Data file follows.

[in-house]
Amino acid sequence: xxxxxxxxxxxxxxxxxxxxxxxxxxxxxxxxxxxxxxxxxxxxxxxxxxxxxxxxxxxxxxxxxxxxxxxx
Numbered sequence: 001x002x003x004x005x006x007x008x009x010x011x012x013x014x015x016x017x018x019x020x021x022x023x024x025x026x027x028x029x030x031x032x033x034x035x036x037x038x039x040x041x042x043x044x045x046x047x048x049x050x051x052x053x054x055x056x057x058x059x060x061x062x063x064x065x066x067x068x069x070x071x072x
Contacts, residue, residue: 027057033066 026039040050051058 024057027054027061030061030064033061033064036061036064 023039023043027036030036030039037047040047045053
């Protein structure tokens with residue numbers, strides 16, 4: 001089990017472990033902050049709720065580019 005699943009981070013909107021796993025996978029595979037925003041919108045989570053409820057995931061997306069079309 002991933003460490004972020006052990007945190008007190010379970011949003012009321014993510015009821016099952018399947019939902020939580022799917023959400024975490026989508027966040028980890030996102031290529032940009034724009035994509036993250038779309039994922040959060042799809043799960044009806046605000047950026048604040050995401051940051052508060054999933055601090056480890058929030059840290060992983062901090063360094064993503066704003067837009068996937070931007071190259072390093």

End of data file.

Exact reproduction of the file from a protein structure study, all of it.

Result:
[in-house]
Amino acid sequence: xxxxxxxxxxxxxxxxxxxxxxxxxxxxxxxxxxxxxxxxxxxxxxxxxxxxxxxxxxxxxxxxxxxxxxxx
Numbered sequence: 001x002x003x004x005x006x007x008x009x010x011x012x013x014x015x016x017x018x019x020x021x022x023x024x025x026x027x028x029x030x031x032x033x034x035x036x037x038x039x040x041x042x043x044x045x046x047x048x049x050x051x052x053x054x055x056x057x058x059x060x061x062x063x064x065x066x067x068x069x070x071x072x
Contacts, residue, residue: 027057033066 026039040050051058 024057027054027061030061030064033061033064036061036064 023039023043027036030036030039037047040047045053
């Protein structure tokens with residue numbers, strides 16, 4: 001089990017472990033902050049709720065580019 005699943009981070013909107021796993025996978029595979037925003041919108045989570053409820057995931061997306069079309 002991933003460490004972020006052990007945190008007190010379970011949003012009321014993510015009821016099952018399947019939902020939580022799917023959400024975490026989508027966040028980890030996102031290529032940009034724009035994509036993250038779309039994922040959060042799809043799960044009806046605000047950026048604040050995401051940051052508060054999933055601090056480890058929030059840290060992983062901090063360094064993503066704003067837009068996937070931007071190259072390093």